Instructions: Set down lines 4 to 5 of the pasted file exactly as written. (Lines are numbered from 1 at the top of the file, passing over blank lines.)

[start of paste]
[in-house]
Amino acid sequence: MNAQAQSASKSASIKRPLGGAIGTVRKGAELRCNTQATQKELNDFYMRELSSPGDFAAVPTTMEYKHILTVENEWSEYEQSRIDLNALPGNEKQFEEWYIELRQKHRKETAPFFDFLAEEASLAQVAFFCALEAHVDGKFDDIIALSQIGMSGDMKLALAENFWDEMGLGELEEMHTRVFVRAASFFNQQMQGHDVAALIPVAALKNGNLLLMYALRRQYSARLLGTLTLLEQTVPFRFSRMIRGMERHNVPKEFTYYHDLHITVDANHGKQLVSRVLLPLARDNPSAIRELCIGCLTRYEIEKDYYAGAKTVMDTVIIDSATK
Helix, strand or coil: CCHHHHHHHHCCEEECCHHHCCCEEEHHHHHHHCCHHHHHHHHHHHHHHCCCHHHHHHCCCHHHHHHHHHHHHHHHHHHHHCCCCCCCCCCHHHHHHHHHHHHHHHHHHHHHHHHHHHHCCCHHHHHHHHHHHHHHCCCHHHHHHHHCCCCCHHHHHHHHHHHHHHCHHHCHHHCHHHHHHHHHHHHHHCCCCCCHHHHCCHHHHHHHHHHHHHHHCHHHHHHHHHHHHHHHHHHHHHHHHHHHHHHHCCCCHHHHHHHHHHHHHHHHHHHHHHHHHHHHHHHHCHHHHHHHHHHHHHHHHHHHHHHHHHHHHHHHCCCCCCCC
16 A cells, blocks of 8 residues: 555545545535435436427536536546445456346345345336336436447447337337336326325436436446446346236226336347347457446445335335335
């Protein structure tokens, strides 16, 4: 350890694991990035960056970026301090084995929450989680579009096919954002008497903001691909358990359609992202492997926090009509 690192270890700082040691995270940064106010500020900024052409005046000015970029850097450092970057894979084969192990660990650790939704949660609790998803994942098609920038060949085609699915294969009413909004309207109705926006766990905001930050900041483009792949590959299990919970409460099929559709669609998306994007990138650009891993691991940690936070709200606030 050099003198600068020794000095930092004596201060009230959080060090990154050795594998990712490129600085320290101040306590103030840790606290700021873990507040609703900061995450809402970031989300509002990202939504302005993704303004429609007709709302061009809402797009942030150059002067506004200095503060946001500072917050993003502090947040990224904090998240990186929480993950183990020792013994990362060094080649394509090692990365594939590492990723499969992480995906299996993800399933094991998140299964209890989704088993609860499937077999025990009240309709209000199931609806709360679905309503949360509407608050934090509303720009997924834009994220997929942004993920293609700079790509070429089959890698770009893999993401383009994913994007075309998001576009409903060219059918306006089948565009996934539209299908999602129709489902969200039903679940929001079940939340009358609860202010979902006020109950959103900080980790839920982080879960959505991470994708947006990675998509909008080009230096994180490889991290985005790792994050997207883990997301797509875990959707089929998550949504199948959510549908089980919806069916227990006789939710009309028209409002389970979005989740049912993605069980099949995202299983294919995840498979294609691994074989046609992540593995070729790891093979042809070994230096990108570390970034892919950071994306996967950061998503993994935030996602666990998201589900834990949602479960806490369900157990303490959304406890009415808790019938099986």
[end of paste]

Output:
16 A cells, blocks of 8 residues: 555545545535435436427536536546445456346345345336336436447447337337336326325436436446446346236226336347347457446445335335335
């Protein structure tokens, strides 16, 4: 350890694991990035960056970026301090084995929450989680579009096919954002008497903001691909358990359609992202492997926090009509 690192270890700082040691995270940064106010500020900024052409005046000015970029850097450092970057894979084969192990660990650790939704949660609790998803994942098609920038060949085609699915294969009413909004309207109705926006766990905001930050900041483009792949590959299990919970409460099929559709669609998306994007990138650009891993691991940690936070709200606030 050099003198600068020794000095930092004596201060009230959080060090990154050795594998990712490129600085320290101040306590103030840790606290700021873990507040609703900061995450809402970031989300509002990202939504302005993704303004429609007709709302061009809402797009942030150059002067506004200095503060946001500072917050993003502090947040990224904090998240990186929480993950183990020792013994990362060094080649394509090692990365594939590492990723499969992480995906299996993800399933094991998140299964209890989704088993609860499937077999025990009240309709209000199931609806709360679905309503949360509407608050934090509303720009997924834009994220997929942004993920293609700079790509070429089959890698770009893999993401383009994913994007075309998001576009409903060219059918306006089948565009996934539209299908999602129709489902969200039903679940929001079940939340009358609860202010979902006020109950959103900080980790839920982080879960959505991470994708947006990675998509909008080009230096994180490889991290985005790792994050997207883990997301797509875990959707089929998550949504199948959510549908089980919806069916227990006789939710009309028209409002389970979005989740049912993605069980099949995202299983294919995840498979294609691994074989046609992540593995070729790891093979042809070994230096990108570390970034892919950071994306996967950061998503993994935030996602666990998201589900834990949602479960806490369900157990303490959304406890009415808790019938099986």